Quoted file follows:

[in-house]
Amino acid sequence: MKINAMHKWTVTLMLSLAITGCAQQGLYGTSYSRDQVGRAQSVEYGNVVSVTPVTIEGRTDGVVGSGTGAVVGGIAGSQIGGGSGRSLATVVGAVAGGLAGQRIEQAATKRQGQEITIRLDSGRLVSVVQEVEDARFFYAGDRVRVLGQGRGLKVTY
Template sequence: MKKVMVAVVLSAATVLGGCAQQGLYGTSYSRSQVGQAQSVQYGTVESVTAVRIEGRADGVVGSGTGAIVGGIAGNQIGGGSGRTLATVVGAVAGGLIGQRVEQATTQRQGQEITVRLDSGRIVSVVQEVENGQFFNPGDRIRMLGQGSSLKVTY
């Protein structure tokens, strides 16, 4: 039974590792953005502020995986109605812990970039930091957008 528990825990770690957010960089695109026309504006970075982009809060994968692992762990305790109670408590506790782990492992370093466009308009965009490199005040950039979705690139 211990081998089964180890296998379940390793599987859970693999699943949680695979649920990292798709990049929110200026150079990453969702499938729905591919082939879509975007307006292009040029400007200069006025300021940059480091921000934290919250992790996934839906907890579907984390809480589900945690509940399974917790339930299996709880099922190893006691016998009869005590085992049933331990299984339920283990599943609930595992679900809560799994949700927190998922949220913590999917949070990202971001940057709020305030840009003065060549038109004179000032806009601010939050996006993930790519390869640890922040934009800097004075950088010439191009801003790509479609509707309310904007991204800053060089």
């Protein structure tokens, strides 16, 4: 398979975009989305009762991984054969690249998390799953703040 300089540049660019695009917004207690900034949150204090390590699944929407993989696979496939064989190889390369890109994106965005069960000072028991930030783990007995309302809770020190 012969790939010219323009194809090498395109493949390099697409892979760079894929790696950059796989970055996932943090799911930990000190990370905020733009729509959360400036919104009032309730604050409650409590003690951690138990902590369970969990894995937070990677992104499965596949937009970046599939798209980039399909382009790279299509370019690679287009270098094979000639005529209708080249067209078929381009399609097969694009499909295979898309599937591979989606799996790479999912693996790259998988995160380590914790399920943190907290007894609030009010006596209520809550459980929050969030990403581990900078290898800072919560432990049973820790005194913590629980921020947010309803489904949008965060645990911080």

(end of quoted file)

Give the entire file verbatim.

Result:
[in-house]
Amino acid sequence: MKINAMHKWTVTLMLSLAITGCAQQGLYGTSYSRDQVGRAQSVEYGNVVSVTPVTIEGRTDGVVGSGTGAVVGGIAGSQIGGGSGRSLATVVGAVAGGLAGQRIEQAATKRQGQEITIRLDSGRLVSVVQEVEDARFFYAGDRVRVLGQGRGLKVTY
Template sequence: MKKVMVAVVLSAATVLGGCAQQGLYGTSYSRSQVGQAQSVQYGTVESVTAVRIEGRADGVVGSGTGAIVGGIAGNQIGGGSGRTLATVVGAVAGGLIGQRVEQATTQRQGQEITVRLDSGRIVSVVQEVENGQFFNPGDRIRMLGQGSSLKVTY
């Protein structure tokens, strides 16, 4: 039974590792953005502020995986109605812990970039930091957008 528990825990770690957010960089695109026309504006970075982009809060994968692992762990305790109670408590506790782990492992370093466009308009965009490199005040950039979705690139 211990081998089964180890296998379940390793599987859970693999699943949680695979649920990292798709990049929110200026150079990453969702499938729905591919082939879509975007307006292009040029400007200069006025300021940059480091921000934290919250992790996934839906907890579907984390809480589900945690509940399974917790339930299996709880099922190893006691016998009869005590085992049933331990299984339920283990599943609930595992679900809560799994949700927190998922949220913590999917949070990202971001940057709020305030840009003065060549038109004179000032806009601010939050996006993930790519390869640890922040934009800097004075950088010439191009801003790509479609509707309310904007991204800053060089």
């Protein structure tokens, strides 16, 4: 398979975009989305009762991984054969690249998390799953703040 300089540049660019695009917004207690900034949150204090390590699944929407993989696979496939064989190889390369890109994106965005069960000072028991930030783990007995309302809770020190 012969790939010219323009194809090498395109493949390099697409892979760079894929790696950059796989970055996932943090799911930990000190990370905020733009729509959360400036919104009032309730604050409650409590003690951690138990902590369970969990894995937070990677992104499965596949937009970046599939798209980039399909382009790279299509370019690679287009270098094979000639005529209708080249067209078929381009399609097969694009499909295979898309599937591979989606799996790479999912693996790259998988995160380590914790399920943190907290007894609030009010006596209520809550459980929050969030990403581990900078290898800072919560432990049973820790005194913590629980921020947010309803489904949008965060645990911080």